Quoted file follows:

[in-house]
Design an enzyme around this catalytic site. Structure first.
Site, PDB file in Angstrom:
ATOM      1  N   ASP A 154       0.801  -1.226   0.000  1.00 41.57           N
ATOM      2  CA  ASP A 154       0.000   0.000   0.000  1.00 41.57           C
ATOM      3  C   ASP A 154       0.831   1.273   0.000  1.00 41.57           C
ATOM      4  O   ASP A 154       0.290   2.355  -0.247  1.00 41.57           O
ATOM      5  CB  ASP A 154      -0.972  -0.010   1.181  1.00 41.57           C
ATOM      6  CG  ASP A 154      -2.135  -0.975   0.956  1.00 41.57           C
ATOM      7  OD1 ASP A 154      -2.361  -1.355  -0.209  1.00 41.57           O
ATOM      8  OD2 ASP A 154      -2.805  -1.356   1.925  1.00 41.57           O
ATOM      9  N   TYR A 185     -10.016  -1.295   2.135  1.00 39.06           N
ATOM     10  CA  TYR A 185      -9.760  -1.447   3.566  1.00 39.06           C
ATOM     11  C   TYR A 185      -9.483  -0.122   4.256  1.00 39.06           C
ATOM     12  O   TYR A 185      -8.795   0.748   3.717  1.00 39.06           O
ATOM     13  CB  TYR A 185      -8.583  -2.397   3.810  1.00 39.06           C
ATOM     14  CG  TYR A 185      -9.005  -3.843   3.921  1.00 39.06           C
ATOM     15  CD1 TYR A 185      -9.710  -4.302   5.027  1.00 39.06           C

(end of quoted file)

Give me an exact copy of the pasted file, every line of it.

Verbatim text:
[in-house]
Design an enzyme around this catalytic site. Structure first.
Site, PDB file in Angstrom:
ATOM      1  N   ASP A 154       0.801  -1.226   0.000  1.00 41.57           N
ATOM      2  CA  ASP A 154       0.000   0.000   0.000  1.00 41.57           C
ATOM      3  C   ASP A 154       0.831   1.273   0.000  1.00 41.57           C
ATOM      4  O   ASP A 154       0.290   2.355  -0.247  1.00 41.57           O
ATOM      5  CB  ASP A 154      -0.972  -0.010   1.181  1.00 41.57           C
ATOM      6  CG  ASP A 154      -2.135  -0.975   0.956  1.00 41.57           C
ATOM      7  OD1 ASP A 154      -2.361  -1.355  -0.209  1.00 41.57           O
ATOM      8  OD2 ASP A 154      -2.805  -1.356   1.925  1.00 41.57           O
ATOM      9  N   TYR A 185     -10.016  -1.295   2.135  1.00 39.06           N
ATOM     10  CA  TYR A 185      -9.760  -1.447   3.566  1.00 39.06           C
ATOM     11  C   TYR A 185      -9.483  -0.122   4.256  1.00 39.06           C
ATOM     12  O   TYR A 185      -8.795   0.748   3.717  1.00 39.06           O
ATOM     13  CB  TYR A 185      -8.583  -2.397   3.810  1.00 39.06           C
ATOM     14  CG  TYR A 185      -9.005  -3.843   3.921  1.00 39.06           C
ATOM     15  CD1 TYR A 185      -9.710  -4.302   5.027  1.00 39.06           C